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Author Topic: 650cc A-BG build TDR  (Read 7824 times)
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MTABike
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« Reply #15 on: December 15, 2011, 02:17:03 PM »

Adding tubes and tubes and tubes...









I'm a bit further along than this, but it doesn't look much different.  I need to re-think and certainly remake the tubes that come off the lower steering head and where they connect back into the frame, as the coping got a little too loose for a good weld.  I'll be posting updates once a week hopefully on Mondays.  Please feel free to hassle me if I don't.  Long ways to go and 8 months is not very much time with the pace I've been working at.
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Koncretekid
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« Reply #16 on: December 15, 2011, 03:59:59 PM »

At the rate you're going, you'll be finished in a couple more days!  You only started this diary 2 days ago.  Anyway, it looks great (kind of familiar, at that).  Nice bends and looks to be good stiff design.  I like the perimeter frame as it allows lots of space to work on the top end.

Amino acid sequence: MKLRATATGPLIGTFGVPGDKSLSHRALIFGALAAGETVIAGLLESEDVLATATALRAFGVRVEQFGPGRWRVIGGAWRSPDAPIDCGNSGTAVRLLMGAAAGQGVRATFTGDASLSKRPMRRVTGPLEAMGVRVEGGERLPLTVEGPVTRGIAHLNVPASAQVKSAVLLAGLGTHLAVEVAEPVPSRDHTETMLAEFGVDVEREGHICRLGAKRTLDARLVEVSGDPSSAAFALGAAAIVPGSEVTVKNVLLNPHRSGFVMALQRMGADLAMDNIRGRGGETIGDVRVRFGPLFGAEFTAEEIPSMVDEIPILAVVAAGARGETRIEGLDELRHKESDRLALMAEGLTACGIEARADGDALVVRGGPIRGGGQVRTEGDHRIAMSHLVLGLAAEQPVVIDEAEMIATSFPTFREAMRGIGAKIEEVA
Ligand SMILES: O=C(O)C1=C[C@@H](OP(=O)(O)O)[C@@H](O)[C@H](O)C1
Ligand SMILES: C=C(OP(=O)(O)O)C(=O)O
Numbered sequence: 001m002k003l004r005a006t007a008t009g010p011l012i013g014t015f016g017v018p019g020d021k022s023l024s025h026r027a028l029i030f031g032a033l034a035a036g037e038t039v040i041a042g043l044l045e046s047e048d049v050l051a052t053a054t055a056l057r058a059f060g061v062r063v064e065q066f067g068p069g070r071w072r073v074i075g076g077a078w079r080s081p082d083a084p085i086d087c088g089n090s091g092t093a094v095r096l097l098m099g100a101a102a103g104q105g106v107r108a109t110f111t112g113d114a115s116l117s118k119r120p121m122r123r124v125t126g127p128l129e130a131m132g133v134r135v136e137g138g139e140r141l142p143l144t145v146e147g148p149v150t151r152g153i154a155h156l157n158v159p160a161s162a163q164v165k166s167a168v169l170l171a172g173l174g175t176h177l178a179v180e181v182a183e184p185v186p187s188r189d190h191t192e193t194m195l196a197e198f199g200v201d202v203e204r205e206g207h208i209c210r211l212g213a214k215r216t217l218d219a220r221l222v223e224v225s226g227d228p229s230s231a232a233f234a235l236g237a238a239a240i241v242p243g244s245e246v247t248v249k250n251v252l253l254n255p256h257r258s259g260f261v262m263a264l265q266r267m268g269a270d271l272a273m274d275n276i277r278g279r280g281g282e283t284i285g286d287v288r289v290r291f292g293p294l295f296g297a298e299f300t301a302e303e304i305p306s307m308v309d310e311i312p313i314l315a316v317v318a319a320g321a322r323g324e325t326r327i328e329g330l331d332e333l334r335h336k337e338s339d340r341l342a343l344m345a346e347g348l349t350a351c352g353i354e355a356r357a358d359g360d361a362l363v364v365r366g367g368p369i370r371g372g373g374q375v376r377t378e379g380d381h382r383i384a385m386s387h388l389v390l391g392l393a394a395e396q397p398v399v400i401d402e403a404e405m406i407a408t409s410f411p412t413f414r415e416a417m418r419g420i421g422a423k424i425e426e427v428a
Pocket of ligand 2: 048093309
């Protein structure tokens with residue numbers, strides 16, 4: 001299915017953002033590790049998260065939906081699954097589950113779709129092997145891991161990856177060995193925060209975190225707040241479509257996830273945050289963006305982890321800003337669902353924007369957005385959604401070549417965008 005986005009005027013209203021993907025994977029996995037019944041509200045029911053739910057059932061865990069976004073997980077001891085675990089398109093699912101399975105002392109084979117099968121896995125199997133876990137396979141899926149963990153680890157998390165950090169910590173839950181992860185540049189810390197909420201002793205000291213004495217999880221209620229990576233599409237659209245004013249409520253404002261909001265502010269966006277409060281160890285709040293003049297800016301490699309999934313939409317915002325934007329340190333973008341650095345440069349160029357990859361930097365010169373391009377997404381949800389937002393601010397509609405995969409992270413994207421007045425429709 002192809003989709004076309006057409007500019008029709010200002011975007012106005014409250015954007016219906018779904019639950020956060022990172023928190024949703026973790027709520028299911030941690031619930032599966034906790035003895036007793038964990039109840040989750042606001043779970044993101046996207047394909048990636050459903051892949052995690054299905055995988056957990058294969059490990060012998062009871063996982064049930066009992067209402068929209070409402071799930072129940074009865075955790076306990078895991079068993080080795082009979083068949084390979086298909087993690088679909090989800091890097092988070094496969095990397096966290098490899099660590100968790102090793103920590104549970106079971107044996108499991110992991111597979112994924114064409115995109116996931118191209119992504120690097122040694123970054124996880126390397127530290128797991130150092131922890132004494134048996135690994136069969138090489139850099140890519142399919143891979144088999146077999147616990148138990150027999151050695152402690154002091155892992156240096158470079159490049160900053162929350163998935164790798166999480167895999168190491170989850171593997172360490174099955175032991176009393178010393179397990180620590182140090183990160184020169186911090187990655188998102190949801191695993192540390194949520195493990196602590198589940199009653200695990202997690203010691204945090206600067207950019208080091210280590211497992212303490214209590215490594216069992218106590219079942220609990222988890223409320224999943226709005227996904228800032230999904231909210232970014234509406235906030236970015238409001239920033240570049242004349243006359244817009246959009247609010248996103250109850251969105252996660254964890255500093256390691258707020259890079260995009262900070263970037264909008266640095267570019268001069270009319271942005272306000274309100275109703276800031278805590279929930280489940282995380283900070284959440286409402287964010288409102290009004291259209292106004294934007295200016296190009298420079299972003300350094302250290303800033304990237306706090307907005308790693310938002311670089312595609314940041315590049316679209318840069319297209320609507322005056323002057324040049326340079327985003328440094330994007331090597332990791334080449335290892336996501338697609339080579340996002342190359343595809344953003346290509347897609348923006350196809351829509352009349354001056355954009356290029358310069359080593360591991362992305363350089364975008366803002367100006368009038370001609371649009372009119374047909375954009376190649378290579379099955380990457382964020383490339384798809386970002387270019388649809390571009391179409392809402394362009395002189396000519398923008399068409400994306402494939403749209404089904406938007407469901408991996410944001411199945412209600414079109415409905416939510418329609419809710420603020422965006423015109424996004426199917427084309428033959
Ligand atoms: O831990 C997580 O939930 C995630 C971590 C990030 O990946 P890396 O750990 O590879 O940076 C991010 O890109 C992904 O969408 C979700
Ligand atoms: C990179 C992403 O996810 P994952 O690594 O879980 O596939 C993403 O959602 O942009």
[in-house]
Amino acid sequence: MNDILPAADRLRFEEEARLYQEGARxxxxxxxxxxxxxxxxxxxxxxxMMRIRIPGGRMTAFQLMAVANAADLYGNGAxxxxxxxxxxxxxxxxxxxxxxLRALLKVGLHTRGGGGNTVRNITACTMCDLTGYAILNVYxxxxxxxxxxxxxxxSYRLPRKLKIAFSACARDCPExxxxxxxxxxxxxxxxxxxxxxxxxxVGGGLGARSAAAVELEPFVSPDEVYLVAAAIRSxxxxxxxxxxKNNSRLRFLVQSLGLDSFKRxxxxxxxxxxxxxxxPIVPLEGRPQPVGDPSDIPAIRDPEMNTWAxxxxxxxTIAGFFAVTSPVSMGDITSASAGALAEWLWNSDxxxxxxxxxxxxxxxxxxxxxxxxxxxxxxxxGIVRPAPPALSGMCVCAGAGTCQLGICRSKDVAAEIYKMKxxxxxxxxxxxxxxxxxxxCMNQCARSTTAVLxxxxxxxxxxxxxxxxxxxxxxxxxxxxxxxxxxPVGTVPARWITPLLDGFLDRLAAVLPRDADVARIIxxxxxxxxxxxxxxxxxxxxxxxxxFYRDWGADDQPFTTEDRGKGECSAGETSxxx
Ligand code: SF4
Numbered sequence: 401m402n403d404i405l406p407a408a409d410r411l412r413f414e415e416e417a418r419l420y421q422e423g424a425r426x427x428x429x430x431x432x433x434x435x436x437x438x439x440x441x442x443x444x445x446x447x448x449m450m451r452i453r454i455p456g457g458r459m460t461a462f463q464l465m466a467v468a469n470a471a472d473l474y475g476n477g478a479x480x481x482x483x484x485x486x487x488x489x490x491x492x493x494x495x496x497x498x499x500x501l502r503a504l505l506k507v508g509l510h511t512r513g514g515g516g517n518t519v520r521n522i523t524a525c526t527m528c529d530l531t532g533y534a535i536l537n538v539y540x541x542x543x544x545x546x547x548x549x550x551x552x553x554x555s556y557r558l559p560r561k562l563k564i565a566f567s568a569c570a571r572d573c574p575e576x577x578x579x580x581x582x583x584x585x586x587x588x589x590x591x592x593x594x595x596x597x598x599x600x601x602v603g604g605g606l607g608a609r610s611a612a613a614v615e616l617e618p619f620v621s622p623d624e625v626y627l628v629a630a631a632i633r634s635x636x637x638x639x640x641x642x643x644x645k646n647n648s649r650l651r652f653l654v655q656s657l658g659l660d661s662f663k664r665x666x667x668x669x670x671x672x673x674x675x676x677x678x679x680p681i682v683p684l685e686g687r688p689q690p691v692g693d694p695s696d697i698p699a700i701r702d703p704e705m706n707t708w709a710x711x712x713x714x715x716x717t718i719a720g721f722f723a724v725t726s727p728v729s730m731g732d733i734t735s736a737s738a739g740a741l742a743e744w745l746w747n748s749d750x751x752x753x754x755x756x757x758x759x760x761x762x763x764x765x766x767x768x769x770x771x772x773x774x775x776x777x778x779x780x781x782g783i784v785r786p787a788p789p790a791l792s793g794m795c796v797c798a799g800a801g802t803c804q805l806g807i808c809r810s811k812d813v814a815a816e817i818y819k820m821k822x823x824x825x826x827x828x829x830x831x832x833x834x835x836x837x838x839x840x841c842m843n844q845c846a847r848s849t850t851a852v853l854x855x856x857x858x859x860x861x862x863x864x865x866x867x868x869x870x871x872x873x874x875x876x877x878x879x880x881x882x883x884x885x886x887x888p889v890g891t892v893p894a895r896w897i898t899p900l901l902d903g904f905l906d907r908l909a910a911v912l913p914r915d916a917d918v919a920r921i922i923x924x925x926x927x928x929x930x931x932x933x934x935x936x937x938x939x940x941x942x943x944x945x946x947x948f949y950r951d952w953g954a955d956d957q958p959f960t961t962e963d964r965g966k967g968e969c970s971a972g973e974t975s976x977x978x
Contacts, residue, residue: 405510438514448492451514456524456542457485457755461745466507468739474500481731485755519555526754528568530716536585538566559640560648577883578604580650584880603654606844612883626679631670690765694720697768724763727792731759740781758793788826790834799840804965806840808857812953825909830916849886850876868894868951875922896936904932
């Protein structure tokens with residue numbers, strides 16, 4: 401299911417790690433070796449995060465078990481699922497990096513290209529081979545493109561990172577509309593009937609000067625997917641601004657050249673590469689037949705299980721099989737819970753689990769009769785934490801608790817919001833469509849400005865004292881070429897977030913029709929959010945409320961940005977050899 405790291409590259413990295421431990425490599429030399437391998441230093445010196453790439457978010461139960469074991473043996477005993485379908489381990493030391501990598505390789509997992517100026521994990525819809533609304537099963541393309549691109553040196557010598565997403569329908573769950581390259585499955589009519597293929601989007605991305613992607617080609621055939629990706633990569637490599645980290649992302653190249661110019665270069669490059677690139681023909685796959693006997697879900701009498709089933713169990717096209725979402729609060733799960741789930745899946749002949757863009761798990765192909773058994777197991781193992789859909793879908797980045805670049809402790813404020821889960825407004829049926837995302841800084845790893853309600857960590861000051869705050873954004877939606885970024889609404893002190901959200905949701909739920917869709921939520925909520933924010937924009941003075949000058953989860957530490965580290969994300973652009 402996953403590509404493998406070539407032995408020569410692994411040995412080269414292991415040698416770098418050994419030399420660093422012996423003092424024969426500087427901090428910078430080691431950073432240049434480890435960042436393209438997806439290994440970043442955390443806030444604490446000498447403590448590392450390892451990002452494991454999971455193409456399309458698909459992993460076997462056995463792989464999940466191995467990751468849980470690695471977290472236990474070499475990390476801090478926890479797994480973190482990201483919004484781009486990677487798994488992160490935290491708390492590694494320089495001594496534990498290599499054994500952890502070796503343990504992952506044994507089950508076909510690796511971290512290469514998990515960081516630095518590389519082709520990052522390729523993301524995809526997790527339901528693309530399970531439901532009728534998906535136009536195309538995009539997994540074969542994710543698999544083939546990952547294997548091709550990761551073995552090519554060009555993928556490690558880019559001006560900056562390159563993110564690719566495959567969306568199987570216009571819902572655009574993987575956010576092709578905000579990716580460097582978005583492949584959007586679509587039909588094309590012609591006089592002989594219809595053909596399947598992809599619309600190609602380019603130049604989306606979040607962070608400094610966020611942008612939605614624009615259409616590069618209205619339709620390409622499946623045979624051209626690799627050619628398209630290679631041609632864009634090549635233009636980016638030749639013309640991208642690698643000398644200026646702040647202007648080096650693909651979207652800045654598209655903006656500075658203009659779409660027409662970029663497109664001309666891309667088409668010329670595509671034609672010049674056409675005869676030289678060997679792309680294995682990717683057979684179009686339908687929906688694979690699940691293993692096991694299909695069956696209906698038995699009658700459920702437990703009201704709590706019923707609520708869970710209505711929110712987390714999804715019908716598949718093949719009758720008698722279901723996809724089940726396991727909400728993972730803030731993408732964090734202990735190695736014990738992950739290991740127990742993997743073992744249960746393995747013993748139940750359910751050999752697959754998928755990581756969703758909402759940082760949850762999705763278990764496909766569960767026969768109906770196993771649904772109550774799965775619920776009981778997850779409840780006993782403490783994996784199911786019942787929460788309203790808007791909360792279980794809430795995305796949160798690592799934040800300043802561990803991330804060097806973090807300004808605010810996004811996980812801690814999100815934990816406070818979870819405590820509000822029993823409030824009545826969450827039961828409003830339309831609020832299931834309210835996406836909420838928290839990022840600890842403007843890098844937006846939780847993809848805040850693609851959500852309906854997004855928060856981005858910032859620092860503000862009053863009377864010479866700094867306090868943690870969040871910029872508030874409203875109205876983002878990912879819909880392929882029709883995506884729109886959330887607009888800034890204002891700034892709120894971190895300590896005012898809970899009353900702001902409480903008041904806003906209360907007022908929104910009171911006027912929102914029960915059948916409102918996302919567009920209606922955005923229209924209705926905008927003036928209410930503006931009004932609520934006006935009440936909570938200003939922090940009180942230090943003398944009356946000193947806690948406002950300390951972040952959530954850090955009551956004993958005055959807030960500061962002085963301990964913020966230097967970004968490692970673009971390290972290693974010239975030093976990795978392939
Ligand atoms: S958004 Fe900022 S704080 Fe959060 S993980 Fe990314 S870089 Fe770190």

The only thing I don't see so far is some lower frame members under the motor.  Maybe the motor is designed to be a stressed lower member, but who knows for sure?  You might want to add lower frame members to be sure. 

You said you thought you might be going at it a bit backwards.  I will paraphrase a well respected member of this forum and say "It doesn't matter how you start your build, it's how you finish the build that counts".

Tom
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We get too soon oldt, and too late schmart!
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« Reply #17 on: April 11, 2012, 12:01:23 AM »

Gentlemen (and Ladies?),
I have not given up on my land speed endeavors, but life does occasionally slow us down on our hobby projects.  Since my last update, I convinced a good friend to machine the head tube we co-designed (Jordan's a good friend, but the most crotchety person the South side of 30 you've ever met).  I also purchased another parts bike and have gotten back at selling everything extra off on ebay.  It's a horrible chore, but I'm very close to breaking even on 4 engines, 2 front ends, 3 sets of wheels and several other necessary nick-knacks.